“People would usually spend a whole class in computability theory proving this. What they are doing is they are very carefully proving the Baire category theorem without explicitly saying it.”

I’ve recently learned of a pretty neat proof of the existence of incomparable Turing degrees. And this reminds me that I’ve actually seen quite a few funny (nuking-the-mosquito-type) proofs of this statement, so I decided to record them here.

The first proof was shown to me today by Andrew Marks. You can do this with either measure or category:

Consider the relation \(R(x,y)\Leftrightarrow x\leq_T y\). First notice that this is a Borel subset of \(\mathbb{R}\times \mathbb{R}\) (take your favorite interpretation of what \(\mathbb{R}\) is). So it is measurable/has the Baire property. Second, observe that each section \(R_y\) is countable, and so it is a null/meager subset of \(\mathbb{R}\). By Fubini’s theorem/Kuratowski-Ulam theorem, \(R\) is a null/meager subset of \(\mathbb{R}^2\). The analogous argument works to show that \(R^{-1}\) is also null/meager.

Hence, \(R\cup R^{-1}\), the set containing all pairs that are Turing comparable, is null/meager. Therefore the set of pairs \((x,y)\) such that \(x,y\) are Turing-incomparable is measure one/comeager.

The second proof I saw on the internet (for example here). It uses the observation that the continuum hypothesis follows from total comparability of the Turing degrees: each real computes countably many reals, so the reals ordered by \(\leq_T\) will form an uncountable linear order in which every proper initial segment is countable. This implies there are at most \(\omega_1\) many reals, so CH holds.

Now just force to negate CH. In the extension, \(\leq_T\) is not a linear order. But the sentence “there exists two reals that are incomparable” is \(\Sigma^1_1\), and hence by Mostowski absoluteness this alread holds in the ground model.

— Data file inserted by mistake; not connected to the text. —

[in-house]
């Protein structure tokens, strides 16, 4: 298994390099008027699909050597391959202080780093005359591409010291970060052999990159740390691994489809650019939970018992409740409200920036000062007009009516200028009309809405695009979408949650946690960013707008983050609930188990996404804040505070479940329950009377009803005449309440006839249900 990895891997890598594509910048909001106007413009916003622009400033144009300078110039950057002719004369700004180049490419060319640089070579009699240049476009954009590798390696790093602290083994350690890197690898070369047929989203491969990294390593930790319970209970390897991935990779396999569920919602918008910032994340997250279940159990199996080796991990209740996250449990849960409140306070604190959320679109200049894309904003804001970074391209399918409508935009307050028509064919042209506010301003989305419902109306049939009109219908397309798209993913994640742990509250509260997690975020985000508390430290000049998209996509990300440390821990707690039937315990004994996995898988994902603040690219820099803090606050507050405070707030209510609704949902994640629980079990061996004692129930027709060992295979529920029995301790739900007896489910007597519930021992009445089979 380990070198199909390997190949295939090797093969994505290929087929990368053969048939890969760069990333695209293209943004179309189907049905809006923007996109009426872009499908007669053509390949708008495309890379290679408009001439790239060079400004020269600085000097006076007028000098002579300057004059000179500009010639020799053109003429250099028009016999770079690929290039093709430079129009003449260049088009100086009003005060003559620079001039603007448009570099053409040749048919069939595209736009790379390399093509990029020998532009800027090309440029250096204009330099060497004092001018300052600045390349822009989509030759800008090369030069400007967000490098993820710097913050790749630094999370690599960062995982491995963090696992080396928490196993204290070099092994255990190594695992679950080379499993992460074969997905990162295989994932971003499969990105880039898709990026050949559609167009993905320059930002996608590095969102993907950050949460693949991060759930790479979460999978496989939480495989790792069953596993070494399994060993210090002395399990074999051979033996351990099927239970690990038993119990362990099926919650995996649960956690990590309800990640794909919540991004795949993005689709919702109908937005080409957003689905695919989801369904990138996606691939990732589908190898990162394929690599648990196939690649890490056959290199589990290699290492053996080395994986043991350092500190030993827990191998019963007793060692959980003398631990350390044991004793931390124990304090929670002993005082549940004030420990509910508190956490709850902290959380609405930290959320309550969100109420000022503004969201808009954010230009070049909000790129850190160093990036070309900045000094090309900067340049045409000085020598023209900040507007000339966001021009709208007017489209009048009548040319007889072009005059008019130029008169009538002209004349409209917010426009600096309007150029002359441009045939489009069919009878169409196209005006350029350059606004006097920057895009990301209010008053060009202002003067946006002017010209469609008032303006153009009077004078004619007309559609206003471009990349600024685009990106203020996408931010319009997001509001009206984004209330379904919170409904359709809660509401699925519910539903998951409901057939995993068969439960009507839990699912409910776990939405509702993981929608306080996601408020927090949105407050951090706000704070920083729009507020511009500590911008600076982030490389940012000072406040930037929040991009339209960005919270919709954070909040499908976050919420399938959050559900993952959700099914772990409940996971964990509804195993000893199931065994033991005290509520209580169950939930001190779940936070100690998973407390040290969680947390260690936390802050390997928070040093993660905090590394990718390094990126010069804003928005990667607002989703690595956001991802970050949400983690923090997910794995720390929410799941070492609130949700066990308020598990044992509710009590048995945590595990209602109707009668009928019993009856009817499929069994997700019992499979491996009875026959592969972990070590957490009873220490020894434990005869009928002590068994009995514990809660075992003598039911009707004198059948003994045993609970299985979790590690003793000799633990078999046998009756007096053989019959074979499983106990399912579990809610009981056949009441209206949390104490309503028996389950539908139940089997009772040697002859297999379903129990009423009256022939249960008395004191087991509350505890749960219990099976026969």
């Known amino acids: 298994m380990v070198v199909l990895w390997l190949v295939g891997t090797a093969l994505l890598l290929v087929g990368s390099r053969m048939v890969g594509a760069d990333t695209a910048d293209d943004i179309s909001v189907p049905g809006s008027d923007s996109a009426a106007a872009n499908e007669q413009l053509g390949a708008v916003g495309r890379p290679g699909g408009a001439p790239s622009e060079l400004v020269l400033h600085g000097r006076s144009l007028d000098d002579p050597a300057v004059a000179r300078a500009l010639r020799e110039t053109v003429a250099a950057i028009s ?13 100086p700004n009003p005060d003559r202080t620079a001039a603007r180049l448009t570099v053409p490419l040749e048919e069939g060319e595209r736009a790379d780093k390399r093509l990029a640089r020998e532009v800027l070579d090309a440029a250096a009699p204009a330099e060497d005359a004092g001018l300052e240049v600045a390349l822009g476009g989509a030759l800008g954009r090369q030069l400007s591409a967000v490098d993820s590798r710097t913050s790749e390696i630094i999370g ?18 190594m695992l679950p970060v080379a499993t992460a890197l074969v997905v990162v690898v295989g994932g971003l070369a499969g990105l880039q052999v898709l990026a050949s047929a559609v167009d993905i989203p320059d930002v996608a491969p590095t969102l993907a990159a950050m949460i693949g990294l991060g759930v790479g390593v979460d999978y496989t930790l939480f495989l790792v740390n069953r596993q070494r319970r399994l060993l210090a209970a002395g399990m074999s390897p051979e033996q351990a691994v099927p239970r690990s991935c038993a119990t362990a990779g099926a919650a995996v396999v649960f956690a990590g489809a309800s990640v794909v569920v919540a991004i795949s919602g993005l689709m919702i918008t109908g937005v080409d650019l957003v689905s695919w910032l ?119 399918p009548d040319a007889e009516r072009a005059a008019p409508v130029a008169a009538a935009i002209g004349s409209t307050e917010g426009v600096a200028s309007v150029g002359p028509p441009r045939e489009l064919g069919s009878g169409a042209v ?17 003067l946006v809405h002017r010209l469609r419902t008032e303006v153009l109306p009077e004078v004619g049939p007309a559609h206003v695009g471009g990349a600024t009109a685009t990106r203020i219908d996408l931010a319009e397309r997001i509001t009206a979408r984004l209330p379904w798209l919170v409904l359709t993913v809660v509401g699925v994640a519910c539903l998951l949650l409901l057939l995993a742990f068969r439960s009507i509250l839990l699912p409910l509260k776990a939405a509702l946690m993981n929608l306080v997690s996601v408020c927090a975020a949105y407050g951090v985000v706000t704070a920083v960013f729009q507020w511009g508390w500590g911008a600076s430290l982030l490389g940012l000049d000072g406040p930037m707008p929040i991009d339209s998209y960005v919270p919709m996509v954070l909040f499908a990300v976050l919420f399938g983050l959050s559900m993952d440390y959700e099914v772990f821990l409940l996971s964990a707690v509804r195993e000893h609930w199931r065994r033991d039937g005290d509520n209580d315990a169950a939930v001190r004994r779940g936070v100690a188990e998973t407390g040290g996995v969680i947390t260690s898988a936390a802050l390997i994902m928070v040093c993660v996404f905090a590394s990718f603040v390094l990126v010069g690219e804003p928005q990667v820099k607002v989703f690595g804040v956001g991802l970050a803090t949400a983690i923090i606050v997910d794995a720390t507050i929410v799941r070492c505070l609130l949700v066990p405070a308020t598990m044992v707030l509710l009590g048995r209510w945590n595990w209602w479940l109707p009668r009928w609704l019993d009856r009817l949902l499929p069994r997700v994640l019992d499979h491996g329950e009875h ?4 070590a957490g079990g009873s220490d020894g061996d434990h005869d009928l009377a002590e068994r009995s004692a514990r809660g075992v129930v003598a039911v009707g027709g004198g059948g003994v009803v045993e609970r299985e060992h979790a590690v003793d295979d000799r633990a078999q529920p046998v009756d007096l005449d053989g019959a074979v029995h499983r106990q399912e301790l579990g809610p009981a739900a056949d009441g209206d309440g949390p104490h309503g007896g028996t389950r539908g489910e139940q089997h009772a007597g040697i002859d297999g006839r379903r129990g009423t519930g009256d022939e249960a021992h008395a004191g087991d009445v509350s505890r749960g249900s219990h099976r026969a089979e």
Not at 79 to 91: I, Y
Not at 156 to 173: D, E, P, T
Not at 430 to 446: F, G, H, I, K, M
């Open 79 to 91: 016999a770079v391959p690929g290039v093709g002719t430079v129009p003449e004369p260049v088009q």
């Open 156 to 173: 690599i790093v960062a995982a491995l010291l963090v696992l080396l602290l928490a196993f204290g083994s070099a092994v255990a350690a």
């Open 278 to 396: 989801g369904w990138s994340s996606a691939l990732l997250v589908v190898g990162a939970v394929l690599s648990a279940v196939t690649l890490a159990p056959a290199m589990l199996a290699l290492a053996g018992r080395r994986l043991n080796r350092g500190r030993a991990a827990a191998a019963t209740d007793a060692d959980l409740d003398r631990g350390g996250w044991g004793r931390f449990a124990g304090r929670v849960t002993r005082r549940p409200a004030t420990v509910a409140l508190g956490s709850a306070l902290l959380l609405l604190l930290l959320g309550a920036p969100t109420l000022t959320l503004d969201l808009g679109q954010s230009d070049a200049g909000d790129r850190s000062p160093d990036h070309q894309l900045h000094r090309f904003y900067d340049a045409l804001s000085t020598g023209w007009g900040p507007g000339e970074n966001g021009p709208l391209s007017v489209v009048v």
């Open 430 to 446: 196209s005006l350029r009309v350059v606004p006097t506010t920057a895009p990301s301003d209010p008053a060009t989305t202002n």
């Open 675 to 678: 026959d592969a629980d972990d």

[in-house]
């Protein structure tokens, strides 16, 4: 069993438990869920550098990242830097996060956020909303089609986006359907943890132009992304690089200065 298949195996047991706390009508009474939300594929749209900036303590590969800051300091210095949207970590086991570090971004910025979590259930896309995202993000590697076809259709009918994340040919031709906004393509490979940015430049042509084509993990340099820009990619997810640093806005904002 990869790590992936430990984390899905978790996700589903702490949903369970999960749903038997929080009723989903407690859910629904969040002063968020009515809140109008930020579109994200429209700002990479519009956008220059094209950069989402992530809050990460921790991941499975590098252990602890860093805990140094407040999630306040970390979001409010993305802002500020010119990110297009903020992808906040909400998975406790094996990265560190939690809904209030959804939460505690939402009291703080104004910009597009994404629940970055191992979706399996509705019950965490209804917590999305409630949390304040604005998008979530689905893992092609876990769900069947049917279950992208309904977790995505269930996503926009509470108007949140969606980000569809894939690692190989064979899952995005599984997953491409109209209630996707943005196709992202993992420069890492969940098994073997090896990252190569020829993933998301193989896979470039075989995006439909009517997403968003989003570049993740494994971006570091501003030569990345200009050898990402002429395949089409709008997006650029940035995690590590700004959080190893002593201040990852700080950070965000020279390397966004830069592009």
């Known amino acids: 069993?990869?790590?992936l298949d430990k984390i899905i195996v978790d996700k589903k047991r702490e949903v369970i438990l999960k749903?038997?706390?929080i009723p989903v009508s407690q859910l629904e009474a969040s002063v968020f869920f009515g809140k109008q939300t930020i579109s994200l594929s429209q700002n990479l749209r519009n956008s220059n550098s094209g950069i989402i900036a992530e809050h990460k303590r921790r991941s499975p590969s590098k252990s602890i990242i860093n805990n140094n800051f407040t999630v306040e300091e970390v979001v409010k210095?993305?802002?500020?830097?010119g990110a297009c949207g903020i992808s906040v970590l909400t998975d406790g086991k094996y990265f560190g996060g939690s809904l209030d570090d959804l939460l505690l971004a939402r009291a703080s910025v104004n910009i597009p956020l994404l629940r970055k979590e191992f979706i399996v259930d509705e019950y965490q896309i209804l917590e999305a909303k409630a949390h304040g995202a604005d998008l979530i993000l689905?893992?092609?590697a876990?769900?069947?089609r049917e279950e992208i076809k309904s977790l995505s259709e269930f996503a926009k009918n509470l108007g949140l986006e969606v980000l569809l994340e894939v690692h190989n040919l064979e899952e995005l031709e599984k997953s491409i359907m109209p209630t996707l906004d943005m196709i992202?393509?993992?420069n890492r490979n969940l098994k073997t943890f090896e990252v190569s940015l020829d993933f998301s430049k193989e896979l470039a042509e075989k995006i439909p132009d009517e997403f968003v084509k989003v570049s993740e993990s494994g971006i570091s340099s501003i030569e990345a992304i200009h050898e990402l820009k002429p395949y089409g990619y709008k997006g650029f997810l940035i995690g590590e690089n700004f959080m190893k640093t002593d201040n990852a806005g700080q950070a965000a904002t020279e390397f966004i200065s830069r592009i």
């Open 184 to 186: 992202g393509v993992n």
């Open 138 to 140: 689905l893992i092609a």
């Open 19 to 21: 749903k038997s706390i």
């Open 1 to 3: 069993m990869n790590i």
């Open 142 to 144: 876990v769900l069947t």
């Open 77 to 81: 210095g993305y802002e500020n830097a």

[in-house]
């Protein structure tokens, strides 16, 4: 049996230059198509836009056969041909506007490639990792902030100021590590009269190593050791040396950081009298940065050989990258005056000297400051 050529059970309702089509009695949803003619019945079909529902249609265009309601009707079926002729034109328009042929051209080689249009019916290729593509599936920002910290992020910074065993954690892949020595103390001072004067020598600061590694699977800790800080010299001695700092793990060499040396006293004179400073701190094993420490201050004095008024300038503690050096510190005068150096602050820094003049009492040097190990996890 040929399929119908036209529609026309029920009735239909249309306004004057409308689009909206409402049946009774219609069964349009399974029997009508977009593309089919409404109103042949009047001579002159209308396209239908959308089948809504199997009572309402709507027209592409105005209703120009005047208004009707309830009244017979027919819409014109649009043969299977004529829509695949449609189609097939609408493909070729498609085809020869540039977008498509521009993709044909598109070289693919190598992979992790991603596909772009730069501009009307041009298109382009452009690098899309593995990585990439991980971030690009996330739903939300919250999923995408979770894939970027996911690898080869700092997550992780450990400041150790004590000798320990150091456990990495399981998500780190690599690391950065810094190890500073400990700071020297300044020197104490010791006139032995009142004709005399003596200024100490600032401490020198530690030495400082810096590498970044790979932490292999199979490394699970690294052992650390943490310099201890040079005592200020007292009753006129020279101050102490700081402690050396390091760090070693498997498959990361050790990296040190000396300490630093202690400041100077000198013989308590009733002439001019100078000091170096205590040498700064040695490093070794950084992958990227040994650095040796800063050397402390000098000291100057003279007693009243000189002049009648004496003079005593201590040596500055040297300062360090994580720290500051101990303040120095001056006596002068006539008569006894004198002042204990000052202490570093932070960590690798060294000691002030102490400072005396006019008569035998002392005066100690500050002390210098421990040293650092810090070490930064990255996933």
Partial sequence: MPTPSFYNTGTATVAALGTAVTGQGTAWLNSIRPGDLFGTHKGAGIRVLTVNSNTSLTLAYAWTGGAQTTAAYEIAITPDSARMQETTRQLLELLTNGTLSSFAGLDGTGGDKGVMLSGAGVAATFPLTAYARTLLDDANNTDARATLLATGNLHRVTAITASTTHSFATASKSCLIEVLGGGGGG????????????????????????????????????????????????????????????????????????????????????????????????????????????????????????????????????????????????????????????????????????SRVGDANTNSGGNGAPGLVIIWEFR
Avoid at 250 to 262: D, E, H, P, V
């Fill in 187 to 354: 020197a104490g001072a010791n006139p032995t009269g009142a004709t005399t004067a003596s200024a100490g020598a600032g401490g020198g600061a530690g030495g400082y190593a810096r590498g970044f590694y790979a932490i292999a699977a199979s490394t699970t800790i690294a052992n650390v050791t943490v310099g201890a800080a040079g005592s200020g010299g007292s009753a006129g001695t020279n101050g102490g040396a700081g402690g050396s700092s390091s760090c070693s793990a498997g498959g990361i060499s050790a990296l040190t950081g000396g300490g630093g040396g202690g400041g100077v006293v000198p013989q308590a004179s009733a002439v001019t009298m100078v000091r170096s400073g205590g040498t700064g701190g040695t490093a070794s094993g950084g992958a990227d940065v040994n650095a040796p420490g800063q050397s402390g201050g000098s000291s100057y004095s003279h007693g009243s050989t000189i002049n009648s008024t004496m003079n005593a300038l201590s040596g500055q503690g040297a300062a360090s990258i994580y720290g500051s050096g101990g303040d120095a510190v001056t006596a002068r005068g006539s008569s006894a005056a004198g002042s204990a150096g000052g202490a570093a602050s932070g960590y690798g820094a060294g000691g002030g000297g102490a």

The third proof is somewhat similar to the second. I came up with it when I was thinking about the question “if a real is computable from a comeager set of reals, is it computable?” The measure analogue of this is true, and this was the first interaction between computability theory and measure theory. That result was indepdently obtained by Sacks, and De Leeuw-Moore-Shannon-Shapiro. The answer to my question is also yes, and the argument I came up with had already appeared in Andreas Blass’s Needed reals and recursion in generic reals 20 years ago.

The proof goes like this: force to add two Cohen reals, then neither computes the other. But again it’s \(\Sigma^1_1\) to say there exists two incomparable reals, and so this already holds true in the ground model.

The key fact used in the proof is that Cohen reals hold no computation power. I think this is an independently interesting fact, so I’ll end this post with a properly written proof.

Theorem. Let \(M\) be a countable transitive model of enough of ZFC, and let \(x\) be a real in \(M\) and \(c\) a Cohen real over \(M\). If \(x\) is computable relative to \(c\), then \(x\) is computable.

Proof. If \(x\) is computed by the Turing program \(\Phi^c_e\), then this fact also holds true in \(M[c]\), and so by the forcing theorem this is forced by some condition \(p\). That is,

\[p\Vdash \text{ the } \check e\text{th Turing program in the oracle }\dot c \text{ computes } \check x\]

For any \(i\in\omega\) we compute \(x(i)\) as follows: run \(\Phi^s_e(i)\) for all the \(s\) extending \(p\).

As soon as any of these computations halt, the output will be the correct value of \(x(i)\). This is because: if \(s_0,s_1\) are two different nodes extending \(p\) and \(\Phi^{s_0}_e(i)=0\neq 1=\Phi^{s_1}_e(i)\), then we can build two different filters \(G_0\) and \(G_1\) containing \(s_0,s_1\) respectively. Now \(M[G_0]\) and \(M[G_1]\) will both think \(x\) is computed by \(\Phi_e^a\) (since both filters contain \(p\). Note that they will interpret \(a\) differently; but that doesn’t matter). So \(M[G_0]\) thinks that \(x(i)=0\) and \(M[G_1]\) thinks \(x(i)=1\). But whatever \(x(i)\) is, this is an absolute fact about \(x\in M\), so it should be answered in the same way by all transitive models extending \(M\). Contradiction! \(\square\)